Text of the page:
Who owns the intellectual property rights to your website?
17 January 2017
It is easy to think that once you have purchased your domain name, written your content and hired a web developer to implement your designs, the rights to your website will belong to you. However, very often this will not be the case.
Intellectual property is something unique that a person has created. Intellectual property rights exist to help the owners of intellectual property assert their rights in respect of their creations and to stop others copying or stealing them.
Intellectual property will exist in every website, whether it be in respect of the logo used, the text that appears on individual webpages or the coding which determines the way the website is laid out and formatted.
Broadly, there are several different categories of intellectual property that are usually found on websites and it is important to know who owns what in the event of a dispute.
Your website will be full of copyrighted material. Copyright is an automatic right which the author or creator of material is entitled to assert unless they waive the right to do so. As such, the authors of the text on your website will own the copyright, as will the creators of any audio recordings, photographs or pictures, unless you have agreed otherwise.
If an employee creates the copyrighted material in the ordinary course of their work, then the business will be the copyright owner. However, if you have hired a subcontractor to create this material they will be the copyright owner. To ensure you remain in control of the text which appears on your website it is important that as part of the pre-contract negotiations you get the subcontractor to agree to transfer the copyright ownership to your business once the work has been satisfactorily completed.
Your domain name, company name and your logo could all be registered as trade marks, if they meet certain criteria. There are benefits to registering your trade marks, including the fact that other businesses will be prevented from using the same or similar names, strap lines, slogans or logos. This is important as trade marks are often seen as a badge of validity which suggest that your brand is trusted and established. By registering trade marks you can also ensure that your business’s name, and therefore its reputation, is protected in law against competitors who might try to imitate you.
Business owners are often surprised to learn that they do not actually own their domain name but have the exclusive licence to use it, in much the same way as a telephone number. Because of this it is important that domain names are registered and that the registration details are kept on file by the business to ensure that registration can be renewed as and when required. There should be no problem if registration is undertaken by the business itself but problems can arise where an external agency is used and the registration details are not transferred to the brand owner.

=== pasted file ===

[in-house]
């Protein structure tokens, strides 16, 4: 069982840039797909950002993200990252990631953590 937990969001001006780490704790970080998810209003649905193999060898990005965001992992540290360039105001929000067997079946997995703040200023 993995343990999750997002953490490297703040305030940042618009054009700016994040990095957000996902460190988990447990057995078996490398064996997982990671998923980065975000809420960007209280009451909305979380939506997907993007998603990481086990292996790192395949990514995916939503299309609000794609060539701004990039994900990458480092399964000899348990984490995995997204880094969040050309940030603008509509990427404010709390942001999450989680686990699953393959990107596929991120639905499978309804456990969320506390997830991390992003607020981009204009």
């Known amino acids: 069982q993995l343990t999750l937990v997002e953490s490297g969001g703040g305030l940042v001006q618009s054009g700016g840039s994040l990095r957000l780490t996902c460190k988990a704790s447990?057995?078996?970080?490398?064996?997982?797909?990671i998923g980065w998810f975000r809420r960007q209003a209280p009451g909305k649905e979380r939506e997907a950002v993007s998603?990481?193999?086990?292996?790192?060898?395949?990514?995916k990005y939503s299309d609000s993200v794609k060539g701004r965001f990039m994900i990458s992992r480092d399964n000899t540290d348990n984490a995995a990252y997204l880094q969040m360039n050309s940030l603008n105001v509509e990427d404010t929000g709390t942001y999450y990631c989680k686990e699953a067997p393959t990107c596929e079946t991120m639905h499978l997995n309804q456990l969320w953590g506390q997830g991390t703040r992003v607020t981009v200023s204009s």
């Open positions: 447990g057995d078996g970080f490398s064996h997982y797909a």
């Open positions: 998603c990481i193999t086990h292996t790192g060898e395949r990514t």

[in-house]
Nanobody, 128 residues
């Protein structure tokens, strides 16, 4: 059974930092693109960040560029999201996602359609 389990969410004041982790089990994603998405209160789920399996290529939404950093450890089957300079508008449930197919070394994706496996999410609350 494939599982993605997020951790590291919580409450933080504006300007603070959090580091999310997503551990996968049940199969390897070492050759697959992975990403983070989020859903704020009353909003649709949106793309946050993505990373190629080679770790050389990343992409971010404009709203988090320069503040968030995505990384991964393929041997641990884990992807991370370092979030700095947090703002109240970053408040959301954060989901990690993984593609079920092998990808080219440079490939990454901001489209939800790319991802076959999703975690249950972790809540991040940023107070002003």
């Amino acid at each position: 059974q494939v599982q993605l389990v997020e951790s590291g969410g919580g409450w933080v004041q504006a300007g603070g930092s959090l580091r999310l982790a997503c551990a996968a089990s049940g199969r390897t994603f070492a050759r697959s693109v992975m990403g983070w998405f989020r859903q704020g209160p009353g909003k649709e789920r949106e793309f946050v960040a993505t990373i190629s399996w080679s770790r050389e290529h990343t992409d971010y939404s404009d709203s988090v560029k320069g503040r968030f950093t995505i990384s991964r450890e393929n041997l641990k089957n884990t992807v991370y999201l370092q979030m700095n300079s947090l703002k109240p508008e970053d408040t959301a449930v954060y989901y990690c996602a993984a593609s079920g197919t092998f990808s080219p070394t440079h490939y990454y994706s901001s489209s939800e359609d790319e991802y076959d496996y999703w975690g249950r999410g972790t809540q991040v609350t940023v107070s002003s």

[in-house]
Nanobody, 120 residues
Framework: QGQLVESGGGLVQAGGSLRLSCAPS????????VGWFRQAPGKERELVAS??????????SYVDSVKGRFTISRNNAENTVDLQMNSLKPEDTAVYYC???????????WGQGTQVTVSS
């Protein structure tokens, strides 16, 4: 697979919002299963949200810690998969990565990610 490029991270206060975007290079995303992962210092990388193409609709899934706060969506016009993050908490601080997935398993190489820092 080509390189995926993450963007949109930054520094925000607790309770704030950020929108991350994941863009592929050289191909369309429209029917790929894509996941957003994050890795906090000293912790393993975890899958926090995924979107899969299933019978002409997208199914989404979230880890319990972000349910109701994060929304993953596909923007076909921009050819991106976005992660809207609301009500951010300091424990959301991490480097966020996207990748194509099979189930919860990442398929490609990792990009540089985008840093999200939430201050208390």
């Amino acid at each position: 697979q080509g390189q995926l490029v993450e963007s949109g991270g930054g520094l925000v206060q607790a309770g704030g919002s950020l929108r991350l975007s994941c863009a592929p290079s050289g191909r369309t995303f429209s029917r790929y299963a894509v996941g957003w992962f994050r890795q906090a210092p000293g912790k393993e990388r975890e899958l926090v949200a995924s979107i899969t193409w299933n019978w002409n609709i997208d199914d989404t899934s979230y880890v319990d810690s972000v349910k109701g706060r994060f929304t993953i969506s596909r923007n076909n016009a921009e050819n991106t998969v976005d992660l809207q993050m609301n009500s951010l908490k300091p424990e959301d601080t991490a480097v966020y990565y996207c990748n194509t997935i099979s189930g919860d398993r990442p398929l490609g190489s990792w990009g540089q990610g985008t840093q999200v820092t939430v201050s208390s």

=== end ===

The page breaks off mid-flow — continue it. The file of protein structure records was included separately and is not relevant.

What you own on your website and what you have the rights to will depend on what you agreed in your contract with your web developer. You need to review the terms and conditions of the agency you are using and pay careful attention to the intellectual property clauses.
The visual design of a bespoke website should be yours if you have commissioned it but this may not always be the case.
If your website is an adaptation of a pre-existing or template layout then you are unlikely to own any rights to it.
If your website has been built on a content management system, such as WordPress, then you will not have any rights to the platform on which your website has been built; similarly you will not own the server on which your website is hosted.
Careful thought needs to be given to the ownership of intellectual property rights in coding, content and data.
Disputes very often occur when a web developer delays the provision of the site or where the site does not meet the customer’s expectations or where the customer wants to move the site to another web developer. Often in these circumstances the customer will not pay and the web developer then refuses to pass on the website source codes or takes control of the domain name, which results in deadlock.
What your contract should cover
When disputes arise, it is often due to the specification of the website having been poorly defined in the contract because of inadequate communication between the customer and the web developer. As a minimum, your contract with your web developer should:
- cover what you expect your website developer to produce, with specifications;
- set out the timescales within which this should happen;
define the point at which the site will be deemed to have been accepted by you;
- clarify who will own any resulting intellectual property rights;
- set out the arrangements for source codes;
- explain what will happen in the event the contract is terminated; and
- set out what should happen in the event of a dispute.
Hosting, technical support and maintenance may also be included in the contract, but this depends on what you want from your web developer once the site has been built.
The contents of this article are for the purposes of general awareness only. They do not purport to constitute legal or professional advice. The law may have changed since this article was published. Readers should not act on the basis of the information included and should take appropriate professional advice upon their own particular circumstances.